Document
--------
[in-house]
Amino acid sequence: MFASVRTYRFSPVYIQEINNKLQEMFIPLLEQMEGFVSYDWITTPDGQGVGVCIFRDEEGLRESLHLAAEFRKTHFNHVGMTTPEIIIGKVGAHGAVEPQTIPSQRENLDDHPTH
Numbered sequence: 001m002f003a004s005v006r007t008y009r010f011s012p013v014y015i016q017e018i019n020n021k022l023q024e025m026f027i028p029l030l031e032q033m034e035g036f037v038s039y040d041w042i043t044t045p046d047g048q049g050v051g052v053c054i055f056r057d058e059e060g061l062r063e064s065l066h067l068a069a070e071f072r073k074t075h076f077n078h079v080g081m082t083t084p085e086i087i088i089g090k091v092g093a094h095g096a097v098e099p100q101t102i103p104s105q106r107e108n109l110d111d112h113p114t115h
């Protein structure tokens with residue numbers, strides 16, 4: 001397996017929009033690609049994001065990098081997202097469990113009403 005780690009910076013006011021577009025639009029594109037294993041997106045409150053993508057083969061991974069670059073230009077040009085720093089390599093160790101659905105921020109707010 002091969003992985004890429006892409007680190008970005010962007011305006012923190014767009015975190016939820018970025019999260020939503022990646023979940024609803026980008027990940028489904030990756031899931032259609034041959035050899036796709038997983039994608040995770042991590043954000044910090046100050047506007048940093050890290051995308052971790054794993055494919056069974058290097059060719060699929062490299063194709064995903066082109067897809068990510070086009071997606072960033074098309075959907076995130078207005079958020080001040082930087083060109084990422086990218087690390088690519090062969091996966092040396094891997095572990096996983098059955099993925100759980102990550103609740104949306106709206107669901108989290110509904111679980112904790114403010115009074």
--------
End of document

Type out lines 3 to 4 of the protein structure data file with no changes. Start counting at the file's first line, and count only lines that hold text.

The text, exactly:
Numbered sequence: 001m002f003a004s005v006r007t008y009r010f011s012p013v014y015i016q017e018i019n020n021k022l023q024e025m026f027i028p029l030l031e032q033m034e035g036f037v038s039y040d041w042i043t044t045p046d047g048q049g050v051g052v053c054i055f056r057d058e059e060g061l062r063e064s065l066h067l068a069a070e071f072r073k074t075h076f077n078h079v080g081m082t083t084p085e086i087i088i089g090k091v092g093a094h095g096a097v098e099p100q101t102i103p104s105q106r107e108n109l110d111d112h113p114t115h
């Protein structure tokens with residue numbers, strides 16, 4: 001397996017929009033690609049994001065990098081997202097469990113009403 005780690009910076013006011021577009025639009029594109037294993041997106045409150053993508057083969061991974069670059073230009077040009085720093089390599093160790101659905105921020109707010 002091969003992985004890429006892409007680190008970005010962007011305006012923190014767009015975190016939820018970025019999260020939503022990646023979940024609803026980008027990940028489904030990756031899931032259609034041959035050899036796709038997983039994608040995770042991590043954000044910090046100050047506007048940093050890290051995308052971790054794993055494919056069974058290097059060719060699929062490299063194709064995903066082109067897809068990510070086009071997606072960033074098309075959907076995130078207005079958020080001040082930087083060109084990422086990218087690390088690519090062969091996966092040396094891997095572990096996983098059955099993925100759980102990550103609740104949306106709206107669901108989290110509904111679980112904790114403010115009074």